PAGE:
Guild and colleagues (this issue) report results of a long-term follow up after a randomized trial of the effectiveness of an attachment-theory-informed psychotherapeutic intervention for mothers with depression and their toddlers. Their paper shows the intervention can increase the likelihood of secure attachment in children of depressed mothers and that secure attachment explains more optimal social-emotional functioning in middle childhood in the treated group. This commentary discusses the contribution of the paper by Guild and colleagues and their broader body of work to our evolving understanding of developmental processes underpinning social-emotional competence in children of depressed parents, and to several ongoing controversies in the field: 1) the relevance of attachment-theory-informed interventions in the context of maternal depression; 2) the evidence gap regarding the efficacy and effectiveness of attachment-theory-informed interventions, particularly with respect to sustained benefits; 3) cost-benefits of early interventions; and 4) the need for theory driven research that explains how and under what circumstances attachment is related to later child outcomes.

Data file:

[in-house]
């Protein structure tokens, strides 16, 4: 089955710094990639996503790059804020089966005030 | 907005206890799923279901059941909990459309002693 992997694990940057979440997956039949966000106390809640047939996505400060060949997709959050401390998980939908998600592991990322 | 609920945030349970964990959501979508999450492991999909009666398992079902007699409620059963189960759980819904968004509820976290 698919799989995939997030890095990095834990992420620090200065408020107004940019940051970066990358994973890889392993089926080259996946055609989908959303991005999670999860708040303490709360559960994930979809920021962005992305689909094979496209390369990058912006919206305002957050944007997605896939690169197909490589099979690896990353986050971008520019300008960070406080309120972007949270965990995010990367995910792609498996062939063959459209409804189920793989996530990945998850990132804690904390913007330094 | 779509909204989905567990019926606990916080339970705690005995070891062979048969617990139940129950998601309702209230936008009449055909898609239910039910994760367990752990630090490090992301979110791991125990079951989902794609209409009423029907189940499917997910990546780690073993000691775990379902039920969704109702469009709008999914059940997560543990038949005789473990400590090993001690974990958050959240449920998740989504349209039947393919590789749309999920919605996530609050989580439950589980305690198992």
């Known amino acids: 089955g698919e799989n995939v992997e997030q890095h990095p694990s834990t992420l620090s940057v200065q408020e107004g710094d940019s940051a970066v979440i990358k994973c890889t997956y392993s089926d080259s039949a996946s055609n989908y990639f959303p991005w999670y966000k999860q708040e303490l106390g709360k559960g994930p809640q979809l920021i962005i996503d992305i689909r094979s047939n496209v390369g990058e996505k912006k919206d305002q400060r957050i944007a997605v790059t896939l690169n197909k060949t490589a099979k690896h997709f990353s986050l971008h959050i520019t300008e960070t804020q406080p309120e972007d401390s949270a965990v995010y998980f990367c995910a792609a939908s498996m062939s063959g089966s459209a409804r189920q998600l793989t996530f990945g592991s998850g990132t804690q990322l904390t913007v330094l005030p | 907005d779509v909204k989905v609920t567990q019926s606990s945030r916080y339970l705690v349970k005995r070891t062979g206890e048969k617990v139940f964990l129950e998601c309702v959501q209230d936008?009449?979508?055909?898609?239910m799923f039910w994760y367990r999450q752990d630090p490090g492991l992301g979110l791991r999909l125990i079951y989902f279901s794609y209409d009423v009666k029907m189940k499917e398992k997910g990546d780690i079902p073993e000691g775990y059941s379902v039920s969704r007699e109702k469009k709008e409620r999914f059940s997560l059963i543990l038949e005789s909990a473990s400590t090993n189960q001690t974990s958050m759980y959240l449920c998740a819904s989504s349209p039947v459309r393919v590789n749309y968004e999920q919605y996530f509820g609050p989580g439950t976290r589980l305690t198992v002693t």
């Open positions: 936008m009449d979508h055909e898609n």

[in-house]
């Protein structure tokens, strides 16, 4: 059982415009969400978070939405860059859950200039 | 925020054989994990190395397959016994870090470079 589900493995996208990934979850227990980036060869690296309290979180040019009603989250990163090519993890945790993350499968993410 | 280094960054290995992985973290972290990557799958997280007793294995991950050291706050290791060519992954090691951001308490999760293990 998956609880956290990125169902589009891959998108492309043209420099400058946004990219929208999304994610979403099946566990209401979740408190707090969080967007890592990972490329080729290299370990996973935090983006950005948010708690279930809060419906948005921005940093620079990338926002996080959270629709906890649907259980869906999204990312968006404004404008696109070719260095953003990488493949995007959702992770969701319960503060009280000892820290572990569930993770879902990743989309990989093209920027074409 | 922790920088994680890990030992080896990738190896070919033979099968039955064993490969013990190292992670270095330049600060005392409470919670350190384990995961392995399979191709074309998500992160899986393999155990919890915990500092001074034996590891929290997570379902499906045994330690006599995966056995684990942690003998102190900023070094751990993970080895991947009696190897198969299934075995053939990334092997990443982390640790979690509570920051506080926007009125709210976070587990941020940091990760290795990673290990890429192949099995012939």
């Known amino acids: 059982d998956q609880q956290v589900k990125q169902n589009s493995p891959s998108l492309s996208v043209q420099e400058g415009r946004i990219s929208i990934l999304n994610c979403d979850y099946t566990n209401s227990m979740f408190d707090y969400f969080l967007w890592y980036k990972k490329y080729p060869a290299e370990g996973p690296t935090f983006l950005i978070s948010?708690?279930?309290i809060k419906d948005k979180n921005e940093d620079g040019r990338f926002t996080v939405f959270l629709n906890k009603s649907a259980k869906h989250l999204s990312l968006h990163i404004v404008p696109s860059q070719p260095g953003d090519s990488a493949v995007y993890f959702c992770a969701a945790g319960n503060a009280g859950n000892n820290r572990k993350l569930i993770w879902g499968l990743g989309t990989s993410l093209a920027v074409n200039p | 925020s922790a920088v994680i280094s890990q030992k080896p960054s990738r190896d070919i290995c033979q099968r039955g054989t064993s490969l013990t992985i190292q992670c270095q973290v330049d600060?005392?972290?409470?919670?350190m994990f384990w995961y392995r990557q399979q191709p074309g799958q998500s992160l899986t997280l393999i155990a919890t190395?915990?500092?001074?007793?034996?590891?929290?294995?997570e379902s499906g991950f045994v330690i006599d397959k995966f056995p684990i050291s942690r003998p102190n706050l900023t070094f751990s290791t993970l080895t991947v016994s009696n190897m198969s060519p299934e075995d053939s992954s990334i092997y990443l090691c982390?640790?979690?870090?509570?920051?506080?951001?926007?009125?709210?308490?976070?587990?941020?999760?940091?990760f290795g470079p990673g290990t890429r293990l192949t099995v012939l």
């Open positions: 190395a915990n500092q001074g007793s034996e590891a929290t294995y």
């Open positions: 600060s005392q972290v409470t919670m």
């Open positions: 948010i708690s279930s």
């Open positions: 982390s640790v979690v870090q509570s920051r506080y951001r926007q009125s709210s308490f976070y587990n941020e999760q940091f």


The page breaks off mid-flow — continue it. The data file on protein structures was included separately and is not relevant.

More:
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- maternal depression
- attachment security
- child parent psychotherapy
- maternal warmth
- child behavior problems